Manchester Arena bombing: Suburb a ‘hunting ground’ for extremists

Author : Mircea Birca | Monday, March 30, 2020
Posted in category Eurasia
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When Hashem Abedi was found guilty of planning the Manchester Arena bombing with his brother Salman, he became the latest home-grown terrorist to be convicted in a UK court. But he was also the product of a small area dubbed a “breeding ground” for extremists.

In south Manchester there is a small pocket of neighbourhoods, just a few square miles wide.

The suburbs here include trendy Chorlton, Rusholme, with its curry mile, Levenshulme and Burnage, home to the Gallagher brothers.

Salman and Hashem Abedi were born in the city and grew up in Fallowfield, one of the suburbs in an area that has produced more than 20 extremists.

They are men and women who’ve joined terrorist organisations, been jailed, disappeared or killed themselves.

Among them were an Islamic State group (IS) recruiter and at least two other suicide bombers.
‘Ostracised and demonised’

Youth worker Ismael Lea South knows these areas well and recognises a well-worn path.

“Manchester has long been a hunting ground for extremist groups and groomers,” he said.

“You get people who feel ostracised, dehumanised and demonised.

“They don’t feel 100% British but they don’t feel they belong to the country of their parents so there’s confusion.

“This is where the hotbed comes in. But far-right extremism is also a problem too.”

Salman and Hashem Abedi became radicalised after their parents left for Libya in 2016, while the the brothers remained at the family home in Fallowfield.

Salman Abedi was seen at demonstrations and even visited IS recruiter Abdalraouf Abdallah in prison.

Haras Rafiq, of the counter-extremism group, the Quilliam Foundation believes the brothers’ visit to Libya was the turning point.

“When they were living at home, they used to hear stories,” he said.

“But when they actually went out to Libya and saw the violence with their own eyes, that is something that gave them something tangible, something they could see, something they could potentially be part of when it comes to violence.

“So that actual tipping point when it comes to being violent in the name of a political cause, I think, really, really hit home.”

Mr Lea South said young people are still being groomed by extremists in the UK.

He decided to help other young people at risk after his nephew was radicalised in prison.

His organisation, The Salman Project, runs workshops in schools and mosques in Manchester and London.

He believes four or five people a year are still at risk of being radicalised in Manchester.

“It’s a lot. Definitely,” he said.

“But thankfully there are people working on the ground. And at the same time we need to get the communities working together.”

Mr Lea South gives talks on the problems of drugs and knife crime – which the Abedi brothers were involved in – and how they can lead to extremism.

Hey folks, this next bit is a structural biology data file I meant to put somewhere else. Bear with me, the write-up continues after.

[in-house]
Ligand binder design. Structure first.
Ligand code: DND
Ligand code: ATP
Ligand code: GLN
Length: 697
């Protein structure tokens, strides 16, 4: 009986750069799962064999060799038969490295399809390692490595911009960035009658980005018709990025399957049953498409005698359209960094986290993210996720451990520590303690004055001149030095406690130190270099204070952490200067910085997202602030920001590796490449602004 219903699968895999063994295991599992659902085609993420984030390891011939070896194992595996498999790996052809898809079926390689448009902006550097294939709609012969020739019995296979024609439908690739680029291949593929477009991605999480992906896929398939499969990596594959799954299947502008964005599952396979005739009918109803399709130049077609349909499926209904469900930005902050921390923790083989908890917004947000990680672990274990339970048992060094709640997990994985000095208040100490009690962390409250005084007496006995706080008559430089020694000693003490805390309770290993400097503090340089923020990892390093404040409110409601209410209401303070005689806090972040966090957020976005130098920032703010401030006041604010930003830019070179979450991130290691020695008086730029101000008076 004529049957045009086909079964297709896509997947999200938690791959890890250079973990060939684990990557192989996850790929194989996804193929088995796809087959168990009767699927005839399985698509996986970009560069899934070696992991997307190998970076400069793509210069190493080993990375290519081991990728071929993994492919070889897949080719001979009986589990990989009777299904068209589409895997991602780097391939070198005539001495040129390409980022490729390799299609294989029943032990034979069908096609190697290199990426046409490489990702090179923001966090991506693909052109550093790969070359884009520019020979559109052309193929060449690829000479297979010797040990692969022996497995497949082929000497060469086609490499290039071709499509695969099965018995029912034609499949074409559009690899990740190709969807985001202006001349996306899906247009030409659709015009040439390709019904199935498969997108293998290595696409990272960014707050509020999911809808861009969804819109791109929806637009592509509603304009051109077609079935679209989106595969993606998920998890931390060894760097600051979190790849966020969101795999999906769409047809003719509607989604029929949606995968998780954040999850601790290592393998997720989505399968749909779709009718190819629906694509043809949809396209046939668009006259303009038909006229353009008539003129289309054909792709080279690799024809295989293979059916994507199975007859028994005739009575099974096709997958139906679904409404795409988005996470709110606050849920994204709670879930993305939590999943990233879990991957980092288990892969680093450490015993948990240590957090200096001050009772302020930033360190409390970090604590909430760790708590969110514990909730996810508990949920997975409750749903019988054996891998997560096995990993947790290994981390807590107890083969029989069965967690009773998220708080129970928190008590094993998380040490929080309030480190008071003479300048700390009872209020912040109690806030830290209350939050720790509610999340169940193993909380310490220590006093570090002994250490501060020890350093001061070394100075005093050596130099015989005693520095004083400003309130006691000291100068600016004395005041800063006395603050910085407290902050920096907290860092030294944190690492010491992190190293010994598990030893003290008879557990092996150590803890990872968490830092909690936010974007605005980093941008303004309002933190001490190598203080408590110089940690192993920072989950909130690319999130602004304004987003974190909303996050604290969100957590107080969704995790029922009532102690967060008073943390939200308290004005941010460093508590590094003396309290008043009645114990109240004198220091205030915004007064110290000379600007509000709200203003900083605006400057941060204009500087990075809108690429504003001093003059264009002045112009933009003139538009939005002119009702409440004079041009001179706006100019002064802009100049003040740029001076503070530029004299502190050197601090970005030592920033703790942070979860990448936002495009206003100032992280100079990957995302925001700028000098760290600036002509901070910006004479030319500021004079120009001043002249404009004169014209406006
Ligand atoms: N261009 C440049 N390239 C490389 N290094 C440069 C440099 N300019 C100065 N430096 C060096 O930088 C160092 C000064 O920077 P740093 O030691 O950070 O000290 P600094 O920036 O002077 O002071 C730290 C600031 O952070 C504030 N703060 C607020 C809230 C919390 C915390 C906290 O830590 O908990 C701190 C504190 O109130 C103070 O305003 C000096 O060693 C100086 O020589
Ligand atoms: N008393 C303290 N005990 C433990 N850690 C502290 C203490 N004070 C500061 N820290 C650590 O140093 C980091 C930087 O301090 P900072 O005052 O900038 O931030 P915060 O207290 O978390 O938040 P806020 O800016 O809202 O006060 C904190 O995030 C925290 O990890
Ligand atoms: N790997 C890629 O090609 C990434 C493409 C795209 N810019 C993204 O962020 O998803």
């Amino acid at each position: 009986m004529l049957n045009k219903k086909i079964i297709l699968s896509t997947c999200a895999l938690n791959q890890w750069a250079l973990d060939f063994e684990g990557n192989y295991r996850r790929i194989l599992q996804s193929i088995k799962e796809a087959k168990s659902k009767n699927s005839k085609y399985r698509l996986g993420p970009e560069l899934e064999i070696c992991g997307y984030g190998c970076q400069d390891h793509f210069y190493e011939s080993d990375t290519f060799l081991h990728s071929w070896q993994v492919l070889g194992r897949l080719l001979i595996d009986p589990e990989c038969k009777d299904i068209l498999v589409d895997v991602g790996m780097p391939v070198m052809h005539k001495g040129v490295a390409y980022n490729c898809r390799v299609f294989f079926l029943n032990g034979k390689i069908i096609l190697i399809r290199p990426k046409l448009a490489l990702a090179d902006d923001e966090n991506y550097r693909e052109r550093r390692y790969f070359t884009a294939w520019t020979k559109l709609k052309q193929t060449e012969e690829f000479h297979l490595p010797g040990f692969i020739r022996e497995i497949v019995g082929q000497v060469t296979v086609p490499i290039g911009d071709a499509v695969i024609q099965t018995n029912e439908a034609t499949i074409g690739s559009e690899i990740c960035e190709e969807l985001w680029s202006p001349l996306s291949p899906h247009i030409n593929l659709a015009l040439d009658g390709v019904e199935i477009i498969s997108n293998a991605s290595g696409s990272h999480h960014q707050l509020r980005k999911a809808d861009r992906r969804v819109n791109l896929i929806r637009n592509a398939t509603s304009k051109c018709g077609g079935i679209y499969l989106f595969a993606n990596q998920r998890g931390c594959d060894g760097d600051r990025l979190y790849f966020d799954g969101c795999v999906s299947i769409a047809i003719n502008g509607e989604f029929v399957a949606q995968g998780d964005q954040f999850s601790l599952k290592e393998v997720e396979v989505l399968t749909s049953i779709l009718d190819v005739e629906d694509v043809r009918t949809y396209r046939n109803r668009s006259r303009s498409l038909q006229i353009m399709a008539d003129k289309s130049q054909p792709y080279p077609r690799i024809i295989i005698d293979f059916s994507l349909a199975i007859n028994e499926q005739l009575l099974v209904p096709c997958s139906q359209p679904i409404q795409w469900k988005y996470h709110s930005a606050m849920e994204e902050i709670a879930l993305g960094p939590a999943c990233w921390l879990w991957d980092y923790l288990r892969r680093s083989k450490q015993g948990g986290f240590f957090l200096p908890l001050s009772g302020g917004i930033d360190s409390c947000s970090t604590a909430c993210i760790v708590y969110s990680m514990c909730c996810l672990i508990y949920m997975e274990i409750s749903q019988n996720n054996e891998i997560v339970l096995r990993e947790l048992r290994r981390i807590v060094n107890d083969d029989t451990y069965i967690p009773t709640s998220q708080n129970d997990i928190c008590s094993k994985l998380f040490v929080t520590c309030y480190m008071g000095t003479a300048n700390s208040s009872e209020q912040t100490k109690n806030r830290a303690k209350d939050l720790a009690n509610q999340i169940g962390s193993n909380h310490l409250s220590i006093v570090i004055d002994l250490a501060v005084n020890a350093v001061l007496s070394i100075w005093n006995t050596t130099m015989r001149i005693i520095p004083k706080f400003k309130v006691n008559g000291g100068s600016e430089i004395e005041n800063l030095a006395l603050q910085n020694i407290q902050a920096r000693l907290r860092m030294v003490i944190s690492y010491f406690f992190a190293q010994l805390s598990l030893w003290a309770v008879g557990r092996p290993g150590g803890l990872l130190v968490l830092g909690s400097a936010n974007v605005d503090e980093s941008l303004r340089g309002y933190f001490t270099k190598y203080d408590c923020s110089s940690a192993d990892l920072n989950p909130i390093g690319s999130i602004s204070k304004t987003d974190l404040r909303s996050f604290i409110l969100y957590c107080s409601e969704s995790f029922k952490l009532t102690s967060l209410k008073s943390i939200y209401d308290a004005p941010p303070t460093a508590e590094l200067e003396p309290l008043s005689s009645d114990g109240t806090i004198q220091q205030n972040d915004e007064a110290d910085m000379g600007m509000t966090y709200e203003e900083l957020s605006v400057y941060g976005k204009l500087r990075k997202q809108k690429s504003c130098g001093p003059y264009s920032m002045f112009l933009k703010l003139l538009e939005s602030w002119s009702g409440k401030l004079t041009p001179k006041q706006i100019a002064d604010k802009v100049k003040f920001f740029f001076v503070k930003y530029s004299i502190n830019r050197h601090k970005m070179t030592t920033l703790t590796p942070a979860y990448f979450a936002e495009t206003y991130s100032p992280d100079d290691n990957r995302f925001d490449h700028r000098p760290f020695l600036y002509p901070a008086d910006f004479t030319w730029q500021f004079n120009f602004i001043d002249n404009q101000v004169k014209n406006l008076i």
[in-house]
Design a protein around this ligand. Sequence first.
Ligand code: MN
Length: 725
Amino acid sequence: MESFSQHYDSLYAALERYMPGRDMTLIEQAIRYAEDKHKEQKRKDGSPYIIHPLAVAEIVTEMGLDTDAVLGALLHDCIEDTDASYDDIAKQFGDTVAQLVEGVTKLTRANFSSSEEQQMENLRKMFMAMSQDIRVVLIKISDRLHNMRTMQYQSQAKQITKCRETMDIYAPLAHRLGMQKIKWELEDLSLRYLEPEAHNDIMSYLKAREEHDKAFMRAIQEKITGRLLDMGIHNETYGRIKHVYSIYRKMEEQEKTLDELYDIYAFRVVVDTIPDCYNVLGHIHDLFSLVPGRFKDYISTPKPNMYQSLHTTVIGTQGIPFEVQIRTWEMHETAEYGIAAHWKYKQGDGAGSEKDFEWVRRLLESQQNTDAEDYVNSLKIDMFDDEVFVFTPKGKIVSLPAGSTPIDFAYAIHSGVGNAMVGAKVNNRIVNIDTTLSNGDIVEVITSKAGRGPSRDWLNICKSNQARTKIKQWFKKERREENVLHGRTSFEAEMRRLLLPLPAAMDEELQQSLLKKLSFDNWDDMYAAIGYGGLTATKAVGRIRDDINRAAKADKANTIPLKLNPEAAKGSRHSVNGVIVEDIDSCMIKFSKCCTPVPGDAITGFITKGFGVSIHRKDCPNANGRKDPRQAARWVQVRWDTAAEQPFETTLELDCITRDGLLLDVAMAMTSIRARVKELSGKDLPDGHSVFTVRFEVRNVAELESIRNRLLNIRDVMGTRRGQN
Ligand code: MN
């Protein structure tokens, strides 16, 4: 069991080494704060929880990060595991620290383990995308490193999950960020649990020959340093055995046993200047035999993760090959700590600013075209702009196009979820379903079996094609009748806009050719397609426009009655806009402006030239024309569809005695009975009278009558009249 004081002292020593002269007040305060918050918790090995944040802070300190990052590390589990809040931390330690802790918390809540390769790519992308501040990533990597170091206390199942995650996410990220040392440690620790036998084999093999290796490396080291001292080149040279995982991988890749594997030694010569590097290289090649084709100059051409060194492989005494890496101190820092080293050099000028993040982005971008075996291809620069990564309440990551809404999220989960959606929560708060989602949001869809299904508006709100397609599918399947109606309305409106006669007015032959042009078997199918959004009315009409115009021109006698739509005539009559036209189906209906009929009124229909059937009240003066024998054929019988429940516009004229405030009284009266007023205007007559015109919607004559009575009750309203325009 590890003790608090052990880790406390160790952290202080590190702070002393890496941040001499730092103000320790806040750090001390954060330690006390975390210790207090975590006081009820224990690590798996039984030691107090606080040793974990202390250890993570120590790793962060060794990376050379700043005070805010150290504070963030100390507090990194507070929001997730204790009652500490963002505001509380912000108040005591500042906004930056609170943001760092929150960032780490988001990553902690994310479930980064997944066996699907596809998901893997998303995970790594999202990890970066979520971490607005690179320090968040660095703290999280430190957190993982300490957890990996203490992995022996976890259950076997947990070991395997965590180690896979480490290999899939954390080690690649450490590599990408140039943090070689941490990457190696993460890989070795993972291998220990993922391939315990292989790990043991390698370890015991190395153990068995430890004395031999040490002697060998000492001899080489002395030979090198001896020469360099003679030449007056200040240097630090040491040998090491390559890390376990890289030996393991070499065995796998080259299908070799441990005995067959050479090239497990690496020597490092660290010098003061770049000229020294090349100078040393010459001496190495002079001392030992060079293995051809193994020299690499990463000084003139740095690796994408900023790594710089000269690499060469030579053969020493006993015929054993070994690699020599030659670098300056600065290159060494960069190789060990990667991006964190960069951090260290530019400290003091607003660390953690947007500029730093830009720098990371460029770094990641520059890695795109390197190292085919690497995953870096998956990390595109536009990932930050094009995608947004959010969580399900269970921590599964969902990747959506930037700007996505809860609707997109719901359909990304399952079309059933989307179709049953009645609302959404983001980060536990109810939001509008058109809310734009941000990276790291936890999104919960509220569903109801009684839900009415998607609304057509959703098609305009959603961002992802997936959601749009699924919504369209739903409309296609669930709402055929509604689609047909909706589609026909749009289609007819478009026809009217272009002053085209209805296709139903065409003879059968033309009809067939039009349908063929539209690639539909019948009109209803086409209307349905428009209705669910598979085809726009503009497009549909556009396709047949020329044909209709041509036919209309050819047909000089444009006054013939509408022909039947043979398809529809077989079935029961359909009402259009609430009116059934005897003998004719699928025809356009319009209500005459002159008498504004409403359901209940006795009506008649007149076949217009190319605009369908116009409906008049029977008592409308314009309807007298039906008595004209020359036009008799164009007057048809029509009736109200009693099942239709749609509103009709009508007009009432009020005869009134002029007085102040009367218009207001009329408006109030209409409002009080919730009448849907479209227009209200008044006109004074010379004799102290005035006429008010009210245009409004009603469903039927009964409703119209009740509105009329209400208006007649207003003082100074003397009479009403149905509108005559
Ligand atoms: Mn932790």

“People might think they are transporting drugs for a dealer but they could be taking equipment in a bag.

“Like bomb parts that could be used for a mass killing, and not even know,” he tells his audience.
‘Head in the sand’

Naeem Briggs from Manchester is a youth worker but a few years ago he was preparing, with friends, to travel to Palestine or Afghanistan to fight abroad.

He said he knows about 20 people who’ve gone abroad to join terrorist organisations.

When he realised he was crossing a line, he turned to outreach work about radicalisation which he said is widespread.

“Go to your mosque, your bookshops. It’s people getting together at people’s houses. Honestly it’s not hard to come by. I think everyone in the Muslim community needs to discuss it openly and be honest.”

Too many mosques “have their head in the sand thinking extremism is not a problem,” added Mr Lea South.

Councillor Rabnawaz Akbar, Welfare Officer for Manchester Council of Mosques, said there was a challenge but radicalisation was not just restricted to Islamic fundamentalism.

He said most referrals to Channel, part of the government’s Prevent deradicalisation programme, were from the Far Right.

“There are people still getting radicalised by Isis ideology clearly and that isn’t going away”, he said.

“Mosques are there to play a role and tackle that, and actually right across the city we have other mosques doing outreach work which is what’s needed.”

A Home Office spokesperson said “more people than ever” were getting support through Channel to “reject the influence of terrorist groomers”.

They said Prevent “works best when delivered in partnership with communities” and “helped to empower over 142,000 people to build their resilience to terrorist ideologies” last year.

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